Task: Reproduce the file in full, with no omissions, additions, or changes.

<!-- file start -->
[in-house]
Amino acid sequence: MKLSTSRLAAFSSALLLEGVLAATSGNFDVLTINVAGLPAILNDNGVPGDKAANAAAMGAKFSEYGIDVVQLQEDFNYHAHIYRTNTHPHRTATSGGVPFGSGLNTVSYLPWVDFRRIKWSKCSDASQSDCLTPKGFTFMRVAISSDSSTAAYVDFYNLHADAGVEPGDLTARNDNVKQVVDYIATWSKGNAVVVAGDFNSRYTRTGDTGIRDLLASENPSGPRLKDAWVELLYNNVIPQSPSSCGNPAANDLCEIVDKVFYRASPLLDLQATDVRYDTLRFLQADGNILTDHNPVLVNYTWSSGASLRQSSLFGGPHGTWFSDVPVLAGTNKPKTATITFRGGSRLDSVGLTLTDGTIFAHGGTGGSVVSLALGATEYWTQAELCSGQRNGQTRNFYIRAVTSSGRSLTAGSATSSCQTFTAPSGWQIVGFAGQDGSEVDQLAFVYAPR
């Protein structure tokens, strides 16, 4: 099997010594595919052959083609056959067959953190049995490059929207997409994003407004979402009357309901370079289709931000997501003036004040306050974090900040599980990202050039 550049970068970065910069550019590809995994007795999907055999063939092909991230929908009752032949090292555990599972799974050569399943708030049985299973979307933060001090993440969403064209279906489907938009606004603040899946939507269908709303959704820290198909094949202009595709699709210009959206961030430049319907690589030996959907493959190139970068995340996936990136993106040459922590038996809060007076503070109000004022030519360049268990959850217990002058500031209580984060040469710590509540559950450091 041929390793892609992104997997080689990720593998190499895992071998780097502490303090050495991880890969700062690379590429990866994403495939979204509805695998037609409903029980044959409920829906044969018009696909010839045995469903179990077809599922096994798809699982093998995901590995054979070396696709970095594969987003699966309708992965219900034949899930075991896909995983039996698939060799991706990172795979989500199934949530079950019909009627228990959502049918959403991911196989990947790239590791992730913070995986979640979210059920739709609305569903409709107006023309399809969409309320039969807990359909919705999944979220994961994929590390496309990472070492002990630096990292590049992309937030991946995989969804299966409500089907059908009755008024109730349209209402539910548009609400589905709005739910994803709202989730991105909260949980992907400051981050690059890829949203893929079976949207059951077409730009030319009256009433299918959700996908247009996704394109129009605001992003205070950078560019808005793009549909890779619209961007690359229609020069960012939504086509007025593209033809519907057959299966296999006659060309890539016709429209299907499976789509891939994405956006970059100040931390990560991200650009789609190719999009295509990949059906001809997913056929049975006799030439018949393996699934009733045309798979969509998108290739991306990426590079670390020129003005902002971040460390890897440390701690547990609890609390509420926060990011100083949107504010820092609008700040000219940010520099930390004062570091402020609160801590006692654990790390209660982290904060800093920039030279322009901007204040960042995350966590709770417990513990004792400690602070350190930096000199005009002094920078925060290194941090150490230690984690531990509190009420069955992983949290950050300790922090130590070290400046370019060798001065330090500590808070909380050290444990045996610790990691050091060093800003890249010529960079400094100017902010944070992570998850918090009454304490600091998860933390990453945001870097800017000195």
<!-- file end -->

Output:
[in-house]
Amino acid sequence: MKLSTSRLAAFSSALLLEGVLAATSGNFDVLTINVAGLPAILNDNGVPGDKAANAAAMGAKFSEYGIDVVQLQEDFNYHAHIYRTNTHPHRTATSGGVPFGSGLNTVSYLPWVDFRRIKWSKCSDASQSDCLTPKGFTFMRVAISSDSSTAAYVDFYNLHADAGVEPGDLTARNDNVKQVVDYIATWSKGNAVVVAGDFNSRYTRTGDTGIRDLLASENPSGPRLKDAWVELLYNNVIPQSPSSCGNPAANDLCEIVDKVFYRASPLLDLQATDVRYDTLRFLQADGNILTDHNPVLVNYTWSSGASLRQSSLFGGPHGTWFSDVPVLAGTNKPKTATITFRGGSRLDSVGLTLTDGTIFAHGGTGGSVVSLALGATEYWTQAELCSGQRNGQTRNFYIRAVTSSGRSLTAGSATSSCQTFTAPSGWQIVGFAGQDGSEVDQLAFVYAPR
């Protein structure tokens, strides 16, 4: 099997010594595919052959083609056959067959953190049995490059929207997409994003407004979402009357309901370079289709931000997501003036004040306050974090900040599980990202050039 550049970068970065910069550019590809995994007795999907055999063939092909991230929908009752032949090292555990599972799974050569399943708030049985299973979307933060001090993440969403064209279906489907938009606004603040899946939507269908709303959704820290198909094949202009595709699709210009959206961030430049319907690589030996959907493959190139970068995340996936990136993106040459922590038996809060007076503070109000004022030519360049268990959850217990002058500031209580984060040469710590509540559950450091 041929390793892609992104997997080689990720593998190499895992071998780097502490303090050495991880890969700062690379590429990866994403495939979204509805695998037609409903029980044959409920829906044969018009696909010839045995469903179990077809599922096994798809699982093998995901590995054979070396696709970095594969987003699966309708992965219900034949899930075991896909995983039996698939060799991706990172795979989500199934949530079950019909009627228990959502049918959403991911196989990947790239590791992730913070995986979640979210059920739709609305569903409709107006023309399809969409309320039969807990359909919705999944979220994961994929590390496309990472070492002990630096990292590049992309937030991946995989969804299966409500089907059908009755008024109730349209209402539910548009609400589905709005739910994803709202989730991105909260949980992907400051981050690059890829949203893929079976949207059951077409730009030319009256009433299918959700996908247009996704394109129009605001992003205070950078560019808005793009549909890779619209961007690359229609020069960012939504086509007025593209033809519907057959299966296999006659060309890539016709429209299907499976789509891939994405956006970059100040931390990560991200650009789609190719999009295509990949059906001809997913056929049975006799030439018949393996699934009733045309798979969509998108290739991306990426590079670390020129003005902002971040460390890897440390701690547990609890609390509420926060990011100083949107504010820092609008700040000219940010520099930390004062570091402020609160801590006692654990790390209660982290904060800093920039030279322009901007204040960042995350966590709770417990513990004792400690602070350190930096000199005009002094920078925060290194941090150490230690984690531990509190009420069955992983949290950050300790922090130590070290400046370019060798001065330090500590808070909380050290444990045996610790990691050091060093800003890249010529960079400094100017902010944070992570998850918090009454304490600091998860933390990453945001870097800017000195």